In the case of Solution 2, one of the most interesting results is related to the interest of end-users in the possibility of using Solution 2.1 functionalities to answer specific clinical questions, related either to specific conditions (e.g. myocardial infarction, poly-medicated patients) or to the evolution of the disease in terms of complexity, which might be relevant to evaluate the specific features of the care center. Starting from a selected population, it is possible drilling-down to more detailed information up to individual cases, using Solution 2.2.
Even if end-users expressed the need of more personalization and filtering options, in both cases the usability and the user experience are all above the acceptable thresholds.
The proposed holistic approach is aimed at helping IT innovators in providing solutions for the multiple end-users, stakeholders and healthcare units that should be involved in the continuum of care, early detection and risk stratification of prevalent chronic diseases such as T2D.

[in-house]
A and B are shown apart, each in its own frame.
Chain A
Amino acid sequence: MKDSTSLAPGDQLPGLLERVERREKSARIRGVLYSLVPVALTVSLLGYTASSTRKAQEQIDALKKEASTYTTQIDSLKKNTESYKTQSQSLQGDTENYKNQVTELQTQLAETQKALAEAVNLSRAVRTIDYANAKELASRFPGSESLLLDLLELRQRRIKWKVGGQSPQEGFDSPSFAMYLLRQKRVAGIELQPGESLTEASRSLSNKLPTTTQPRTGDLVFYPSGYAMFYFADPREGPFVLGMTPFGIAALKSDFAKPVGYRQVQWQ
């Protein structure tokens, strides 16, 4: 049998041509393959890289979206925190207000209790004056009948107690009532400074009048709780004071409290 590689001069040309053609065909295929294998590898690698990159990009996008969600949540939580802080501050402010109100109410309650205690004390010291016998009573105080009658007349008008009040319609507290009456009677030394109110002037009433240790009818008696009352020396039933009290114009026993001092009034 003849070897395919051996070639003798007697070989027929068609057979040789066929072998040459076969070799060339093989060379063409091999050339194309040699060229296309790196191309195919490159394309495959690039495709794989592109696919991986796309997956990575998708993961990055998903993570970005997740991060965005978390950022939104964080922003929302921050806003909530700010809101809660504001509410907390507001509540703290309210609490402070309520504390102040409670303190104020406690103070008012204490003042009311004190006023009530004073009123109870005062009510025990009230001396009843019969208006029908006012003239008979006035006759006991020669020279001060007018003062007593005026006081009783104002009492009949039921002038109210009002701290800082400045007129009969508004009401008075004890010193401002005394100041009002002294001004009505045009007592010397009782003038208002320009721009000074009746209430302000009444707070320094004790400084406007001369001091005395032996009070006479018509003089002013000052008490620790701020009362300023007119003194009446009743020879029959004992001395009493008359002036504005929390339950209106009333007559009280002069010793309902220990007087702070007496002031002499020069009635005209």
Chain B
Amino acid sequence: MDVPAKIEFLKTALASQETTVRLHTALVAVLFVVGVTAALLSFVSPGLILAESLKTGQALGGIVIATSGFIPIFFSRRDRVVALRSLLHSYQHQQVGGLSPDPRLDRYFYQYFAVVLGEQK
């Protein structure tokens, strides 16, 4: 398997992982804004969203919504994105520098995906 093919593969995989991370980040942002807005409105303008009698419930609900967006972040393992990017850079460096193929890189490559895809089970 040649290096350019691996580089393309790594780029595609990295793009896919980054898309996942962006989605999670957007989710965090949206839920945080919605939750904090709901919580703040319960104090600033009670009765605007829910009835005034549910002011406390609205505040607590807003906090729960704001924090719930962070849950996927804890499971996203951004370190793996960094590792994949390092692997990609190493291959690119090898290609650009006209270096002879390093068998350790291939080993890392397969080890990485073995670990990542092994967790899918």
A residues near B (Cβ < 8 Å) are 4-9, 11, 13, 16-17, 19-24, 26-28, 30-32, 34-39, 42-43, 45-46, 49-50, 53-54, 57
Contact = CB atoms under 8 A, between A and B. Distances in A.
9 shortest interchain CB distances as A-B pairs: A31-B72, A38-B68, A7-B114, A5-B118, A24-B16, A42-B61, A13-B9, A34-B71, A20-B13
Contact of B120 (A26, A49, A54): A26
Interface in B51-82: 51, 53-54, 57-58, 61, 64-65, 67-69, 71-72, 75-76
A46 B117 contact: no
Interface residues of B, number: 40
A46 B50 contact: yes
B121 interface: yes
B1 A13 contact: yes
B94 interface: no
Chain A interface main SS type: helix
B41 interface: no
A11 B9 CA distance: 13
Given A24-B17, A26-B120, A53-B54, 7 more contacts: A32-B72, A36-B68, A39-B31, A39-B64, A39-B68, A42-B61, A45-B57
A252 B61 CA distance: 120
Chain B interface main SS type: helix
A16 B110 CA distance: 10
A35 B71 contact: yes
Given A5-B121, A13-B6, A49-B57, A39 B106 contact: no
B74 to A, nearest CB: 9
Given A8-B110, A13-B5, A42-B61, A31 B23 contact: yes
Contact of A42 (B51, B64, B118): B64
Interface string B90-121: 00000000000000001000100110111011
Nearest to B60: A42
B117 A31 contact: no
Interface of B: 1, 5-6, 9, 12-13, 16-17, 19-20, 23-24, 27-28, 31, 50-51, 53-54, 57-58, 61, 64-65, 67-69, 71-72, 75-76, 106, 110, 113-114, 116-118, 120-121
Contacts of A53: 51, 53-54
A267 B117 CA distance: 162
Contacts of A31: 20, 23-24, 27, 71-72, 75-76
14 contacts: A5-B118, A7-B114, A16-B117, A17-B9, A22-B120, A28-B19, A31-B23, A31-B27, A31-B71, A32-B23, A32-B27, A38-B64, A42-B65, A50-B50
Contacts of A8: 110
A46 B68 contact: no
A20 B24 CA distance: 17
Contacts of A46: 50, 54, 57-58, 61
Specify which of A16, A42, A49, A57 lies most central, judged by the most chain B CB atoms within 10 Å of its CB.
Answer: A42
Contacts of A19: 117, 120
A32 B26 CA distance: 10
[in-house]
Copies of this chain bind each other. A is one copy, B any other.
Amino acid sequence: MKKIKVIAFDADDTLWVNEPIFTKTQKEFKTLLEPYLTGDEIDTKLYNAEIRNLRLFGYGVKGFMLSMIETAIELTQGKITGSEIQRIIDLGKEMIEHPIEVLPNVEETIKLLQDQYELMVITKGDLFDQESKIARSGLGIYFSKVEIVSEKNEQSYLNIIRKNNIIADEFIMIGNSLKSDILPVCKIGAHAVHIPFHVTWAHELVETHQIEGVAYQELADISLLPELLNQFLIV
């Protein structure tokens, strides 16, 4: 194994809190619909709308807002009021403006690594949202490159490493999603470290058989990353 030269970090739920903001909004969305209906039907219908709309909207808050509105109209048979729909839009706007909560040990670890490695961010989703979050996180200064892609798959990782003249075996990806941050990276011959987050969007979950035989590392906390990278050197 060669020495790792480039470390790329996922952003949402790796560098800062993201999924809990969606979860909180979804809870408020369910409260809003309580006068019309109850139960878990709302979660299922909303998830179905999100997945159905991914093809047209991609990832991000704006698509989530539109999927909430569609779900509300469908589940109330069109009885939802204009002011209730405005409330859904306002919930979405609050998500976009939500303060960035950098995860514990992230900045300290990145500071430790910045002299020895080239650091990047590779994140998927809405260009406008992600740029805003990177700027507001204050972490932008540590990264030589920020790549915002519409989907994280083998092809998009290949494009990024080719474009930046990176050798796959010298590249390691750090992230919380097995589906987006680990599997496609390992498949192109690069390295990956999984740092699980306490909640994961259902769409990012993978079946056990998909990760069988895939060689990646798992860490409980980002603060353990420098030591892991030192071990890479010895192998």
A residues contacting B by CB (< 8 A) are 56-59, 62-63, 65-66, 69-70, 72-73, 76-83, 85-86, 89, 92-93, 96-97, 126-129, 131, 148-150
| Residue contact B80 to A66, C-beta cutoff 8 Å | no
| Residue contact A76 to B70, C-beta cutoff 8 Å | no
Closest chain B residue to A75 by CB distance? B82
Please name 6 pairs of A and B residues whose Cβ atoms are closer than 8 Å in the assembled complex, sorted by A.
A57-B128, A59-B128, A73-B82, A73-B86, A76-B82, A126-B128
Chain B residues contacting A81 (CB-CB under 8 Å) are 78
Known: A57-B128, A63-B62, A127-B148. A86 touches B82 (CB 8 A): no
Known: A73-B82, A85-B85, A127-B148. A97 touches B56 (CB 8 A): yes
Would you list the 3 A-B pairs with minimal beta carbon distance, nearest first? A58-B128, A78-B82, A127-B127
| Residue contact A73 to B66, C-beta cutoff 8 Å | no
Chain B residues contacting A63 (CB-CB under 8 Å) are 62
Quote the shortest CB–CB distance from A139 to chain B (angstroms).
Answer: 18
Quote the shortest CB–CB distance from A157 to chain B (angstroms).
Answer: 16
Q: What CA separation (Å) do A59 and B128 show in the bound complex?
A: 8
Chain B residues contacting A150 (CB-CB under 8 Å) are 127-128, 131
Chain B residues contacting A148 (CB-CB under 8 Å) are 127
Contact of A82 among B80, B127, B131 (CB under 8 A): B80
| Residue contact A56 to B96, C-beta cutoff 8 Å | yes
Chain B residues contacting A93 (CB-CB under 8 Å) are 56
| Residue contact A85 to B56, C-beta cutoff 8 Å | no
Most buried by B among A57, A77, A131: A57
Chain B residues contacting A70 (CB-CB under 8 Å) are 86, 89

Our study has several limitations: first, we were not able to prospectively evaluate the final prototype of solution 1 in primary care settings and healthcare agencies; to minimize this limitation we involved these types of users in single sessions of usability tests. Second, we were not able to finalize the developments of the final prototype for Solution 2; this would have allowed us to have even better usability score. These limitations, which are typical of interdisciplinary and international research projects, recall real life situations, when the project management team must take decisions that may positively affect some aspects and negatively influence others. It is important to take consensual decisions and give preference to multiple, multifaceted, stepwise short but focused evaluations, rather than wide but dispersed ones.